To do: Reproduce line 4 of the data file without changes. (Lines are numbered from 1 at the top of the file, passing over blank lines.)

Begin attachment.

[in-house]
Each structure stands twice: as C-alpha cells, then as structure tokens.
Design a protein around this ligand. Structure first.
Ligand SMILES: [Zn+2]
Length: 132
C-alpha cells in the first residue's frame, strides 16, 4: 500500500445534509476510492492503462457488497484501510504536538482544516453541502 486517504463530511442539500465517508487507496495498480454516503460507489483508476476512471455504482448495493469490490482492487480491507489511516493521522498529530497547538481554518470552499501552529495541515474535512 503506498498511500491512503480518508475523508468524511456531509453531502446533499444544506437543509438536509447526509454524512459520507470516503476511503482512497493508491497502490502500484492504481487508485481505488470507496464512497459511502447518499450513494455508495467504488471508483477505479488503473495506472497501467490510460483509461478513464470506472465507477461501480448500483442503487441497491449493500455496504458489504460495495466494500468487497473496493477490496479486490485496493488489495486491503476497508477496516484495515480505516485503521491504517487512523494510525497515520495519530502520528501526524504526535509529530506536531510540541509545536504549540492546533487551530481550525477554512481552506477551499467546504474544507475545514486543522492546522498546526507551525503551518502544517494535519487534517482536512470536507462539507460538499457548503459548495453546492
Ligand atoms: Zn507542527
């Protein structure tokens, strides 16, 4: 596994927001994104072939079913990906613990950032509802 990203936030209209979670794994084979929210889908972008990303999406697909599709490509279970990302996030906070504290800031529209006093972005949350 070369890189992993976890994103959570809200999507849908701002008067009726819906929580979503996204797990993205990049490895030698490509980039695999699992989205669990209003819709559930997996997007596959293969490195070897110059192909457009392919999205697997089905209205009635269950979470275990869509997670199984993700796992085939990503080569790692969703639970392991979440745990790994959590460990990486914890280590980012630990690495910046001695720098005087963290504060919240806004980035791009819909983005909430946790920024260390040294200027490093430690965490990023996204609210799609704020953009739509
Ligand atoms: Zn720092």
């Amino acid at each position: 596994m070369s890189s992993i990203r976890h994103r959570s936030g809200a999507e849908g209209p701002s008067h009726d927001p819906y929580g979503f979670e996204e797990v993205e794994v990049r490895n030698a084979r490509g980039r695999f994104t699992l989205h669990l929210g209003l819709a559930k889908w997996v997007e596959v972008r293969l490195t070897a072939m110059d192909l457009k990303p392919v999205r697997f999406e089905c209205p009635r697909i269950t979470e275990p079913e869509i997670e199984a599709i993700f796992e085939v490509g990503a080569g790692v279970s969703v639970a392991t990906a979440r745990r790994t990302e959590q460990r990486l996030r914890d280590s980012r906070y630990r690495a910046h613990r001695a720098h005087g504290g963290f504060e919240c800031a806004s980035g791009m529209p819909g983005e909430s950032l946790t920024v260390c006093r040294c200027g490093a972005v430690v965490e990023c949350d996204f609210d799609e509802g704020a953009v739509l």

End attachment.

Ligand SMILES: [Zn+2]